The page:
eight years old and little Brad only 2. Very similar to the
devastation that John, Rebecca and there three little kids have had to
My parents were not going to accept this death sentence. They spent the next few years traveling back to the University of Maryland getting cutting edge and sometimes controversial treatments for my Mom. They were gone for a week at a time and in the early years this was every month. My extended family all took part in raising us. I imagine John’s dialysis is having a similar effect on the Maws.
During this time my Mom was unable to qualify for much insurance. Back then you could be kicked off of your insurance if you had a terminal illness. It took nearly a decade for my Dad to pay off the medical bills, even with help from my Grandparents. This nearly bankrupted my family, but my Dad being awesome and amazing always made it work. This type of thing can financially destroy a family.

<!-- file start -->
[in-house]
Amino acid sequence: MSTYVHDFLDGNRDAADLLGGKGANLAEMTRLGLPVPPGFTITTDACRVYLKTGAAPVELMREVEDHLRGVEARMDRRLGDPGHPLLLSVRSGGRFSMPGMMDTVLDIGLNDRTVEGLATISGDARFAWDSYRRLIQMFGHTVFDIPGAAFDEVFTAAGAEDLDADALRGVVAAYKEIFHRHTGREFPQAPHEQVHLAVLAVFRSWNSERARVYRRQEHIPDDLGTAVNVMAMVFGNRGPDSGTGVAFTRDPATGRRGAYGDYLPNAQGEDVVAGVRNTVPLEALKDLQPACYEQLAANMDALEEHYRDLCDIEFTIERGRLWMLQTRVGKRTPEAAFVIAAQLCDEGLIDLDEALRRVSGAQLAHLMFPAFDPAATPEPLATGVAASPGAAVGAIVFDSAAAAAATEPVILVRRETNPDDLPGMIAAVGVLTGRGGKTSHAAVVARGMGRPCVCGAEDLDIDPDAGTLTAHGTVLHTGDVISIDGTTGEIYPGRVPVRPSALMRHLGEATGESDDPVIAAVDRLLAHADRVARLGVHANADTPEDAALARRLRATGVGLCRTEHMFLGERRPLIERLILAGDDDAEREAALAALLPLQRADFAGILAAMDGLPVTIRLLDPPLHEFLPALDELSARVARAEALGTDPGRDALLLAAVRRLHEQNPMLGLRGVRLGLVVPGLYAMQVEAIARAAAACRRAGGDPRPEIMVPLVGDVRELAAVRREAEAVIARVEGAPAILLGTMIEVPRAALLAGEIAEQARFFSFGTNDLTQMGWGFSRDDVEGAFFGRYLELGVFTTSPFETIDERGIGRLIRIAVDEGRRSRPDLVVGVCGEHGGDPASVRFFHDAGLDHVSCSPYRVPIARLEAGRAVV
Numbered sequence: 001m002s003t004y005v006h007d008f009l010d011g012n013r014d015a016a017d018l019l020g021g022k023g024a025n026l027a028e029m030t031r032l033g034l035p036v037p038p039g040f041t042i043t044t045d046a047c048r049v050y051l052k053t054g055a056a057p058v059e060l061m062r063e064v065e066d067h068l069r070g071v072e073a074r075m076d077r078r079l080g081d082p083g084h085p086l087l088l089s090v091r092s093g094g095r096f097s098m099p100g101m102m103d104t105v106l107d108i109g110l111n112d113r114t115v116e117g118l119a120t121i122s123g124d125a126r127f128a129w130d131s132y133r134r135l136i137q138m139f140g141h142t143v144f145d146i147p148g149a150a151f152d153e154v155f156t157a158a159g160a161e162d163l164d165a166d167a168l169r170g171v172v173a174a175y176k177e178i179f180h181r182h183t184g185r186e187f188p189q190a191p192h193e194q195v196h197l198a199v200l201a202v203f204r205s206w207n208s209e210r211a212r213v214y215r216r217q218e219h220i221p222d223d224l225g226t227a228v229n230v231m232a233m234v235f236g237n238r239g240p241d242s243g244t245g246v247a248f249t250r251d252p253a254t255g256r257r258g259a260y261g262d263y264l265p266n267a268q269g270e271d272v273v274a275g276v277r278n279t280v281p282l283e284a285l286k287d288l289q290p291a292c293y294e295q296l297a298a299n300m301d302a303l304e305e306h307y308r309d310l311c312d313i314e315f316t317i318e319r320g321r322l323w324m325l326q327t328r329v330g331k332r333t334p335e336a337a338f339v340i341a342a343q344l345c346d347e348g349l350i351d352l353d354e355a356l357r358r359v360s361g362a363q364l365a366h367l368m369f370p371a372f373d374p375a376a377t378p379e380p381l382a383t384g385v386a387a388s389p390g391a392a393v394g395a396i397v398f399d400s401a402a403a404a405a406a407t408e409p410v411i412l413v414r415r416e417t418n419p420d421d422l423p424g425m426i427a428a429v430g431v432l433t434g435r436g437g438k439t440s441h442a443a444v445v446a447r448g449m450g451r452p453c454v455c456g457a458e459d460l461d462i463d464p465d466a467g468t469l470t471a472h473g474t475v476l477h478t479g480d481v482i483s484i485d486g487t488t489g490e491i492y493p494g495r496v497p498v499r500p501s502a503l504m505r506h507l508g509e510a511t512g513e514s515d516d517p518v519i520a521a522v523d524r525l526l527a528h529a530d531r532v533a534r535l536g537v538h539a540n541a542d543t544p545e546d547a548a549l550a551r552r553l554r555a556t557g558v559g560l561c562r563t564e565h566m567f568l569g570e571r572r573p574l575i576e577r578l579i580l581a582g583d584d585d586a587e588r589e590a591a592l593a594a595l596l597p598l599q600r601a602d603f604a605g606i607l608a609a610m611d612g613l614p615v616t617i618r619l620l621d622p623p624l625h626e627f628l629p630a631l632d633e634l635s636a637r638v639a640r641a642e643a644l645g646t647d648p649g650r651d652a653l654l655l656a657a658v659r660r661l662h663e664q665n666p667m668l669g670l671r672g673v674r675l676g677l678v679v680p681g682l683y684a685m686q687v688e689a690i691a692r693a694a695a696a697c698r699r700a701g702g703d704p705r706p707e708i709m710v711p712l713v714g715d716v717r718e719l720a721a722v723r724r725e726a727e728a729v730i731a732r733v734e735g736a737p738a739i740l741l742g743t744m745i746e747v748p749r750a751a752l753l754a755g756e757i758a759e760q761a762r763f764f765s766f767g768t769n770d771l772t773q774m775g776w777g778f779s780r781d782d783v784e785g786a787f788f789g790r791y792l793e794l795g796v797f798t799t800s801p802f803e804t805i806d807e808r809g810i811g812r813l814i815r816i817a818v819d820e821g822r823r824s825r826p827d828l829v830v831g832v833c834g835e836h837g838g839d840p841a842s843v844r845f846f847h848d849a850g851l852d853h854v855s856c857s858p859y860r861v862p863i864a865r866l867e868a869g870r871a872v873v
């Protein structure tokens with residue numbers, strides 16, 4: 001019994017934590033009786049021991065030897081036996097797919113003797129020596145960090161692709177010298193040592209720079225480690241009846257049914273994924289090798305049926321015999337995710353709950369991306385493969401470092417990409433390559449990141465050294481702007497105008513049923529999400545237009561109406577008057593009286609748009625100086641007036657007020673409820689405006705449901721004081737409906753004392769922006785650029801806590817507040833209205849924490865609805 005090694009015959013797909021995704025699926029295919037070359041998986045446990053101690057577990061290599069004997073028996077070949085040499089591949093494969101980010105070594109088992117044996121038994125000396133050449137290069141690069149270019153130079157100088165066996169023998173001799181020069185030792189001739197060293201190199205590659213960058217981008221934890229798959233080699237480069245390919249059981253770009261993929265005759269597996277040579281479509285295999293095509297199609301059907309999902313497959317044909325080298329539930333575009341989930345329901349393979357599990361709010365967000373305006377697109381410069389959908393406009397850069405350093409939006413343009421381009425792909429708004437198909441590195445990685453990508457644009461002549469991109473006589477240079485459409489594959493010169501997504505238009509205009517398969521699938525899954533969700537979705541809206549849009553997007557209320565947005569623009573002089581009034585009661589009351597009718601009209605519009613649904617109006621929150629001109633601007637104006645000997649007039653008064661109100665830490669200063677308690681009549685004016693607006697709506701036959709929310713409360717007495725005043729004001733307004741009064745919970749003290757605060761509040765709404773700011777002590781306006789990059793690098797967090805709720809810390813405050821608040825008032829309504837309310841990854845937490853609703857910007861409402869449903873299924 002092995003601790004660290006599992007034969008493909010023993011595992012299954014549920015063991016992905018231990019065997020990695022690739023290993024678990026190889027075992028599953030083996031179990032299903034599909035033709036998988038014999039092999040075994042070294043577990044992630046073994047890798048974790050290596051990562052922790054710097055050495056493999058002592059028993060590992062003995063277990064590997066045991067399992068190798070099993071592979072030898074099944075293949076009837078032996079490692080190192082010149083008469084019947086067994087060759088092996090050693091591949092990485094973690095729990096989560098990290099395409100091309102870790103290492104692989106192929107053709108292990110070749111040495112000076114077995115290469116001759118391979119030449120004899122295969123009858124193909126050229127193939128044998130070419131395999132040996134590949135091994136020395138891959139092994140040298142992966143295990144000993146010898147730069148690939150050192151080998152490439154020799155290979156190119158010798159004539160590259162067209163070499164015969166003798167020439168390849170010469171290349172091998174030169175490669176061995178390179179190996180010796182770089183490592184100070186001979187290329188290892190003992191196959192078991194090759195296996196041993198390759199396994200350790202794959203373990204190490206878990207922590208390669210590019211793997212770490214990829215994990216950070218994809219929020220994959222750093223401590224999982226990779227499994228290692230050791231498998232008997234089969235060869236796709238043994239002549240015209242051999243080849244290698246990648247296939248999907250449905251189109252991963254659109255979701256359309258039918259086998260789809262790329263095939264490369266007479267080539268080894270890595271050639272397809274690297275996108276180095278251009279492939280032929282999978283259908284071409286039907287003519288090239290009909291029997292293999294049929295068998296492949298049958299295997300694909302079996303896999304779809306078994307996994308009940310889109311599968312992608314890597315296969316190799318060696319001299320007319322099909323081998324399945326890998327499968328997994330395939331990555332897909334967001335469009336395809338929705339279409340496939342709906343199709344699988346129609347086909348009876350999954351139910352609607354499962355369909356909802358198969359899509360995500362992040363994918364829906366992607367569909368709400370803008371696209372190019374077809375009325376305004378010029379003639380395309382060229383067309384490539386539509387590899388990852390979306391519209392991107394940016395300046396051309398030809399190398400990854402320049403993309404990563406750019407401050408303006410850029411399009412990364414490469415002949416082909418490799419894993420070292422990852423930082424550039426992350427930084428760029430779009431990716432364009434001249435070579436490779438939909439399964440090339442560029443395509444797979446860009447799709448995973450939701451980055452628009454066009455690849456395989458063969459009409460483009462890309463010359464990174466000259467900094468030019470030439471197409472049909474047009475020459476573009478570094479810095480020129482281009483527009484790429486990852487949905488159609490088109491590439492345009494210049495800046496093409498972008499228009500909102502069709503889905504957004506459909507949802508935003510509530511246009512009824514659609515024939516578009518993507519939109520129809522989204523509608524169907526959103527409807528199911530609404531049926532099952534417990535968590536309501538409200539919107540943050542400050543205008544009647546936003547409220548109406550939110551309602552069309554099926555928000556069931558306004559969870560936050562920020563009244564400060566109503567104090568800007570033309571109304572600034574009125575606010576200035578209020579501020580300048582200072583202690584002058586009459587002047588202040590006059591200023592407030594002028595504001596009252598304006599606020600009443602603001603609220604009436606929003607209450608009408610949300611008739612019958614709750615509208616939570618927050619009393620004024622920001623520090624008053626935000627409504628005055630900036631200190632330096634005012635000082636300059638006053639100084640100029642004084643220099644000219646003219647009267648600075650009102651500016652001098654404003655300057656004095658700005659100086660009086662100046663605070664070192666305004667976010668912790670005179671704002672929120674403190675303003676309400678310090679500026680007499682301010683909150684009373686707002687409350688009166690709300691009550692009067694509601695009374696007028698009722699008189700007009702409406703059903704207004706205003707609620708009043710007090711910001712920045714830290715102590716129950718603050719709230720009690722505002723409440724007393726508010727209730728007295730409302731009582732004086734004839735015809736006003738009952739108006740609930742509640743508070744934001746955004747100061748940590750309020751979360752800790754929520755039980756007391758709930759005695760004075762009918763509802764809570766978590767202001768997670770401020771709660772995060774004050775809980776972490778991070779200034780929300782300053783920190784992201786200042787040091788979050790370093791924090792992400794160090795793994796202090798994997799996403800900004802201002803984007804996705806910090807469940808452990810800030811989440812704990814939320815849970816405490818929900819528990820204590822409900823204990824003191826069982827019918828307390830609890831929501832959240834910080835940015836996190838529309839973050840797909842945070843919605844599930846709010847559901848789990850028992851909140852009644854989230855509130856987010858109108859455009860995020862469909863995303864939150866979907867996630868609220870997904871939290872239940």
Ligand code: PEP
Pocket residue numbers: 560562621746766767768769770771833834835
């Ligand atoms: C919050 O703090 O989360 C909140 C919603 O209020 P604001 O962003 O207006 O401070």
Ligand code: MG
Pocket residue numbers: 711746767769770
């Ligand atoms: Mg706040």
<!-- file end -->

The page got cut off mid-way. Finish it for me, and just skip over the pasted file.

My Mom passed away in 1991 when I was 16 years old. She had several brain tumors at her time of death. I am very grateful for the extra 11 years that we had with her. It seems humorous to say, but no one could have donated a brain to save her life. However, if that was possible I know someone would have. I feel that I have the opportunity to help the Maw children have long and happy lives with both John and Rebecca. To help give them back that time that dialysis takes from them. To help give John back his energy and so that he can even eat pizza again, of all things. To help give them back their Dad the way I wish someone could give me back my Mom.
Going forward I am not fearful, but excited. I think I have always known throughout this process that I would match and this would work out. I am meant to do this. Cheesy I know, but it is how I feel. I am thankful for my much supported husband, family and friends. You are all the best!!!!